But I’m going to ignore prudence, and declare today that Bush will win reelection in 2004.
Why? Well, while he faces a potential challenge from McCain for the Republican nomination, no reasonably successful sitting president is going to lose his own party’s nomination. So he will almost certainly be on the ballot.
Who will the Democrats field? Al Gore certainly wants it. His classy concession speech and electoral-process martyrdom may serve him well. But in the end, will Democrats remember that Gore failed to secure a commanding lead after being part of the administration that presided over an eight-year wave of prosperity? How, they may ask, can he beat a popular president, if he couldn’t trounce a comparatively unknown governor?
Who else might rise to the top of the Democratic pile? Some classic names mentioned include Senator Hillary Rodham Clinton, former Senator Bill Bradley, Senator Joe Lieberman, Senator Tom Daschle, Congressman Dick Gephardt, and Senator John Kerry.
It’s tough to predict what the political climate will be in 28 months. Who thought Georgia governor Jimmy Carter had a prayer in 1974? But it’s hard to imagine the right’s irrational hatred of all things Clinton will have diminished by then, and it’s hard to dismiss the barriers that still exist in being a female Presidential candidate. I think we’re close to breaking that barrier, but I also think it would have to be someone considerably more centrist than Senator Clinton.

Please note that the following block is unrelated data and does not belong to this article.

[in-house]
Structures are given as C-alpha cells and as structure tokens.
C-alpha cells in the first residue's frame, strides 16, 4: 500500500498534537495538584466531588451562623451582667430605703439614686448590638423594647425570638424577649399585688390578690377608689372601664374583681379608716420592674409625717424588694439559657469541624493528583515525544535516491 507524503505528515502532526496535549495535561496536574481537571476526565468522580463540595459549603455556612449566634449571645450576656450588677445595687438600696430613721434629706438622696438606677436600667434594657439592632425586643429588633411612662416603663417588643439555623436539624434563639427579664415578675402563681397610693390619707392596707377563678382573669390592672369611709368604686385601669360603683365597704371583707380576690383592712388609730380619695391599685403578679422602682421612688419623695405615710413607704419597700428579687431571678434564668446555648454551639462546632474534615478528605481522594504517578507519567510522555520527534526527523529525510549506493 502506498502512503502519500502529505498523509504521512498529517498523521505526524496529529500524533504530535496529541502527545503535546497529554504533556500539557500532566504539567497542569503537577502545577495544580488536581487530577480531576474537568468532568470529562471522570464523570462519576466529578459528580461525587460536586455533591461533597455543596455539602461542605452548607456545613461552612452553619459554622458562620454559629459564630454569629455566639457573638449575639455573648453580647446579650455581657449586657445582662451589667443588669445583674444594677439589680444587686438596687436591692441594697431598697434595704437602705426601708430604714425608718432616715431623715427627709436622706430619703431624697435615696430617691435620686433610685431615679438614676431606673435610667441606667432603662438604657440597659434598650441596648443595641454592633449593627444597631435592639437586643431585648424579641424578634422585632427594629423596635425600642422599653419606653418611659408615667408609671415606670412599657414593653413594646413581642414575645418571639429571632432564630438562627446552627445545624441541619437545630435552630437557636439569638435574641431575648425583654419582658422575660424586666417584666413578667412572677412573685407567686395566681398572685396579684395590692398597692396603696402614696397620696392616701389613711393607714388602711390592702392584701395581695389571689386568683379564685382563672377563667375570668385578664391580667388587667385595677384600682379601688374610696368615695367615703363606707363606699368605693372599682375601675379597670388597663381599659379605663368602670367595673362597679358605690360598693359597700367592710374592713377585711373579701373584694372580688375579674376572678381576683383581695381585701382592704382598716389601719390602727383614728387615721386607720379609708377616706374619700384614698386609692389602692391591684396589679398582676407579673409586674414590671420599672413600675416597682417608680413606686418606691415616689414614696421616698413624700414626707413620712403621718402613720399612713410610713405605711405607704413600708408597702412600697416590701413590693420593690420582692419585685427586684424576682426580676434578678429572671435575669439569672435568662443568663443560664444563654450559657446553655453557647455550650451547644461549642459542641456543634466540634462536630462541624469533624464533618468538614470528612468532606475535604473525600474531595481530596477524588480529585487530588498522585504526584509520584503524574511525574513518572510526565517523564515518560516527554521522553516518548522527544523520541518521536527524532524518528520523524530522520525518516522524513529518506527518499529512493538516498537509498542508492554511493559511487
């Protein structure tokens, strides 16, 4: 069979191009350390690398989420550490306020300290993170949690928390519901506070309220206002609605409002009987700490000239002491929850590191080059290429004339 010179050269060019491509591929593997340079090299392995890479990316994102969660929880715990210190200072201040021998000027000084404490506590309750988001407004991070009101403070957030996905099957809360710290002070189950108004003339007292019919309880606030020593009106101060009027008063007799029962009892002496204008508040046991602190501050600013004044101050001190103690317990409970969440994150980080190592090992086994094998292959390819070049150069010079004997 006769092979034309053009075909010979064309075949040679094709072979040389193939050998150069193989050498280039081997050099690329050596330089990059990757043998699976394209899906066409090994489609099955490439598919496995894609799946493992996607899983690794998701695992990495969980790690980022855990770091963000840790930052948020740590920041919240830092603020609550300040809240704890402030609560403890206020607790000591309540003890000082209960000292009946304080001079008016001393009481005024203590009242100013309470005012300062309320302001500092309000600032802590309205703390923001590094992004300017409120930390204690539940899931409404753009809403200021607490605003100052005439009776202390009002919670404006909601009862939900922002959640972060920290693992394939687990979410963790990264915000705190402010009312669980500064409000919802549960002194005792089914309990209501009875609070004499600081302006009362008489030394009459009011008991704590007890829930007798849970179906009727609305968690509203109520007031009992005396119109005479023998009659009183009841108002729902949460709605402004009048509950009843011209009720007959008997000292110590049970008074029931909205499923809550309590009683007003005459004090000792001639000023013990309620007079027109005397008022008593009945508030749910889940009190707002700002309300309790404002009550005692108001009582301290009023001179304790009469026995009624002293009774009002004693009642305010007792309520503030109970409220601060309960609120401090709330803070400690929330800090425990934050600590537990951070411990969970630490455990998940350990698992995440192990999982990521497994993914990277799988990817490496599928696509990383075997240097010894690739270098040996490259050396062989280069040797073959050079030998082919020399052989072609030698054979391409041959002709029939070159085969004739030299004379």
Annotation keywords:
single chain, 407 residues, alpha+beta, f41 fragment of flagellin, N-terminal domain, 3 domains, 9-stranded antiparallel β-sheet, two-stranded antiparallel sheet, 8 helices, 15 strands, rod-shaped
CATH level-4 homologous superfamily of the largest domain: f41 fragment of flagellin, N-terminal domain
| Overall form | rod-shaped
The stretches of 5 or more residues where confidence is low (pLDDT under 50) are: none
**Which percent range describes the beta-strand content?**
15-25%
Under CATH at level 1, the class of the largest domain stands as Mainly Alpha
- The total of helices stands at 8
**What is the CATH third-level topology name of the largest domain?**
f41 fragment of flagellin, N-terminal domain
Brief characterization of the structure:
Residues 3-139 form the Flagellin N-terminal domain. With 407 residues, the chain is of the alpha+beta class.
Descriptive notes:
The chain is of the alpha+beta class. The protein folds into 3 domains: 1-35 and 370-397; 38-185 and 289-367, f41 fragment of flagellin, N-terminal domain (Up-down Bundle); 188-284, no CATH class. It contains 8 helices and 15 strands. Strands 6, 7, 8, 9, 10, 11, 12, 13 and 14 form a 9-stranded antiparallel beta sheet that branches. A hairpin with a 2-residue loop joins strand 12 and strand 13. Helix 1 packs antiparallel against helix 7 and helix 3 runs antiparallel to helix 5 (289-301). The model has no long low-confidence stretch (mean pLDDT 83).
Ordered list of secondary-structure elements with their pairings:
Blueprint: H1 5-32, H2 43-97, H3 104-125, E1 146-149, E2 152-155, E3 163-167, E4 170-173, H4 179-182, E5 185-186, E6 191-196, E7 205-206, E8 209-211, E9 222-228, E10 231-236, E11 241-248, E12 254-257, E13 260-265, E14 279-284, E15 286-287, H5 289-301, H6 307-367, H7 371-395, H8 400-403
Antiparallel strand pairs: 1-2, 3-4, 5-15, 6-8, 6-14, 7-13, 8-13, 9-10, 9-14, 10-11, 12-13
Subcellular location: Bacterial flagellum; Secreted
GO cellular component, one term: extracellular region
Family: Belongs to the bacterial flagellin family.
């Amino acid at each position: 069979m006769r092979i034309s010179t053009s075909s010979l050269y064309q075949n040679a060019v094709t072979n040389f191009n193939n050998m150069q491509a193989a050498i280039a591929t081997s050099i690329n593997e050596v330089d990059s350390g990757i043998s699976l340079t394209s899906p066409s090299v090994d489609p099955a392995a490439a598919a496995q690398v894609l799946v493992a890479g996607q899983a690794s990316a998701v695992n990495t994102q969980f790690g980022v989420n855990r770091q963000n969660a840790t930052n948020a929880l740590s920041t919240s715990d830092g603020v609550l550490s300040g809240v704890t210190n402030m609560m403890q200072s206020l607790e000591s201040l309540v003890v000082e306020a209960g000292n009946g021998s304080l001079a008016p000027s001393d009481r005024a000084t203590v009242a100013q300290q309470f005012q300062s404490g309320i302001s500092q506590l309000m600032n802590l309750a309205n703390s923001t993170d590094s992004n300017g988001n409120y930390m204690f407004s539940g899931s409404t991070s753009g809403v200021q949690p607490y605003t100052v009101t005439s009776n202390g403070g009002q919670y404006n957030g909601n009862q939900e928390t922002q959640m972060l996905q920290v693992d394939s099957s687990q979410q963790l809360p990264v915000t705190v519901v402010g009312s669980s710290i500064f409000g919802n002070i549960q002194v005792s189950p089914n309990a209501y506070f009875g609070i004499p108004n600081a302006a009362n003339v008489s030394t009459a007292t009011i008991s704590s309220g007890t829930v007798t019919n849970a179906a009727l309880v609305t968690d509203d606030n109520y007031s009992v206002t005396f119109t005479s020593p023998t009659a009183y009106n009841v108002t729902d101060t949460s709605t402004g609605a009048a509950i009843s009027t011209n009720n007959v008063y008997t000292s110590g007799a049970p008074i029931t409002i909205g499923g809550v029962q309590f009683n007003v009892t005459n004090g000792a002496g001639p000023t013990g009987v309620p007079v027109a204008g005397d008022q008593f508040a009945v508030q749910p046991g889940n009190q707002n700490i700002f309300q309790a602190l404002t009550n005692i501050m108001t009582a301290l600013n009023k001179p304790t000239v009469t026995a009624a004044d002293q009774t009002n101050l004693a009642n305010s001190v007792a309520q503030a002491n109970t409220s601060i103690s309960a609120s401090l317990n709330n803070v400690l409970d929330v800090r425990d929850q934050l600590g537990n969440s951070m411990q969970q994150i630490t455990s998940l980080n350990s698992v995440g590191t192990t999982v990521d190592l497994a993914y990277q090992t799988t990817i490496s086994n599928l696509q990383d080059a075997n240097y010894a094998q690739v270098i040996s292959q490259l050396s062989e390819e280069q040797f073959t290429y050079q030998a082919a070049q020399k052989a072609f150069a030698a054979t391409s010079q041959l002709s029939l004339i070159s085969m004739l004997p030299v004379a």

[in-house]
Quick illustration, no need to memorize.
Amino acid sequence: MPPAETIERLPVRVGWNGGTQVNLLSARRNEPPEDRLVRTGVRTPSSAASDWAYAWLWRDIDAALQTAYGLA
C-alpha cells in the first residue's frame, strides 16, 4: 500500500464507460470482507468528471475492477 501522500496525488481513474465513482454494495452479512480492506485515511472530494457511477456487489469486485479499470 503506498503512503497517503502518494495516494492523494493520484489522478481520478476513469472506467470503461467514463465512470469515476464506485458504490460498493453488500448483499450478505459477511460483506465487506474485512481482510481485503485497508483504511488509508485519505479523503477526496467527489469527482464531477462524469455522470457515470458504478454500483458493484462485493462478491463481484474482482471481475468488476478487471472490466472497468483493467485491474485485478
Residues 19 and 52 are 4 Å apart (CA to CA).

And as things stand now, I don’t see any real “take-charge” Democrat emerging.
So there it is. Bush is in the White House until 2008. Sorry about that.
I actually hope he won’t run - and I’m a Bush supporter and an unofficial Republican. The reason is more practical than anything else, and partly resides on the state of the ecnmy in two years.
Annoyingly, Clinton gets all the credit for an econmy he did not create, and Bush I and II for what they did not break. Sad, but true. I was a bt amazed the election was so close it came down to a small part of one state in 2000.
I can’t help but draw parallels to his father’s term, where he had a very strong war-related apporval rating, and he seemed so unbeatable that SNL was doing bits where Democrats were desperately trying NOT to get the party’s nomination and be the sacrificial lamb (“I swear! I have mob ties!”).
Two years is a long time though, but it would be interesting if the parallels continue.
One possible way to break the pattern would be for Bush to delay the Iraq war so that the virtually guaranteed war-approval rating is still there during the election. Of course, if the public sees it as an election tactic, that could backfire.
What Revtim said. Bush the Younger is starting to look an awful lot like Bush the Elder, with strong war support and an economy that smolders while the Emperor plays the fiddle. Yeah, that’s right Mr. President. Let’s just stick all those naughty accountants and CEOs in prison instead of doing anything to actually prevent their accounting firms from sweeping IOUs under the boardroom carpet.